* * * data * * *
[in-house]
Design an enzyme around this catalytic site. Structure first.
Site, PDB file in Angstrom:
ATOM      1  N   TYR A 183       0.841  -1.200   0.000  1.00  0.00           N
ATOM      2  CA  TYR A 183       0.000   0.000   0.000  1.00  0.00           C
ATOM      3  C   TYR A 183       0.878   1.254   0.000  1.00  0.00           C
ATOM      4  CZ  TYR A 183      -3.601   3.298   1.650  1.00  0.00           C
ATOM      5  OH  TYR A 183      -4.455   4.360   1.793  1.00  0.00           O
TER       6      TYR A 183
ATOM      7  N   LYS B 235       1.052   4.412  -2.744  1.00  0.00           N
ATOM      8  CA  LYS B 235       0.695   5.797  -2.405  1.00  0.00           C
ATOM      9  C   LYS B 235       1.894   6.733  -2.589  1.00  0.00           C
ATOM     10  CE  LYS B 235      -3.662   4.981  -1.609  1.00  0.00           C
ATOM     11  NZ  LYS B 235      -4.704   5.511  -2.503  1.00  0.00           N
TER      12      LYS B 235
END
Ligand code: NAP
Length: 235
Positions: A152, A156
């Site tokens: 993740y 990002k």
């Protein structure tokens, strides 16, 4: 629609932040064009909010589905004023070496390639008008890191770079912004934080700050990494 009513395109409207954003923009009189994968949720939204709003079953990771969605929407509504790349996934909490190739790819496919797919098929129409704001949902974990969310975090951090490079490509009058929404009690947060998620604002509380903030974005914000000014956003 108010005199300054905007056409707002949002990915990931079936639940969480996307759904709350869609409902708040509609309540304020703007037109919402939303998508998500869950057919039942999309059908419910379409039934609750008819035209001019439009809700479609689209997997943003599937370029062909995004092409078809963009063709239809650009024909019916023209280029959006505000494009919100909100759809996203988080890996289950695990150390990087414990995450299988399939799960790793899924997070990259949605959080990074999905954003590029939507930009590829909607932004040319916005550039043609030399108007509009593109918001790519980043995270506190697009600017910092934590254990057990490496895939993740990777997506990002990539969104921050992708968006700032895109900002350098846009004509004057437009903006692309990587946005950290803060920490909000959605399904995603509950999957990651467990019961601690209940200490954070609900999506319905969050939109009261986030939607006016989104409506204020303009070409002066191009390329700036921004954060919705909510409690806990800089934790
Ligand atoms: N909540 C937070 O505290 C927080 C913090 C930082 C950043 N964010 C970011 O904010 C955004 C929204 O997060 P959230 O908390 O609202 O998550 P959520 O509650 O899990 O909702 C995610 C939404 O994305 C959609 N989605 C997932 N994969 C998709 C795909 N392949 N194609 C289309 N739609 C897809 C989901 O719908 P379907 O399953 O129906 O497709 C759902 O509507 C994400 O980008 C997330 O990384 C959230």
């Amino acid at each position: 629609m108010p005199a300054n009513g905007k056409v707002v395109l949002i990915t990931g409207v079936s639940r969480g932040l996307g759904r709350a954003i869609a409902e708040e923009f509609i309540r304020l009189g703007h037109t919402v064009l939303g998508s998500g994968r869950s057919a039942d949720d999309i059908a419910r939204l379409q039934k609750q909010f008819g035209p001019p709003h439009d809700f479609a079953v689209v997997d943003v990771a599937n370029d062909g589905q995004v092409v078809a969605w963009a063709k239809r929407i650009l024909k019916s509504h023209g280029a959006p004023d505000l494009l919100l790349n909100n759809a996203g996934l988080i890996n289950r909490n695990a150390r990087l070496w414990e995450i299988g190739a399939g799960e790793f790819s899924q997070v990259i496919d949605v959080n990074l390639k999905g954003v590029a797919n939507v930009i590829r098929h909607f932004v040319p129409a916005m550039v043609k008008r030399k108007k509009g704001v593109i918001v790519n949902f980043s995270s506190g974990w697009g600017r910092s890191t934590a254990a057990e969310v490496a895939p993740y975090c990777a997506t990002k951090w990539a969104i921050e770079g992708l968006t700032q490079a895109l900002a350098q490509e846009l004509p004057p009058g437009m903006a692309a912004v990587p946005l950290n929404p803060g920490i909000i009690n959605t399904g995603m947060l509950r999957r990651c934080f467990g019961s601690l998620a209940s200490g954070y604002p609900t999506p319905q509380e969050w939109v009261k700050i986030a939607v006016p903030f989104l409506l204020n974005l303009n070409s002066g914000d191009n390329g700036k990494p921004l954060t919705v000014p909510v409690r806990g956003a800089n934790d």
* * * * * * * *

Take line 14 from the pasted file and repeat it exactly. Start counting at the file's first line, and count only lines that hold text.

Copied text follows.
ATOM     11  NZ  LYS B 235      -4.704   5.511  -2.503  1.00  0.00           N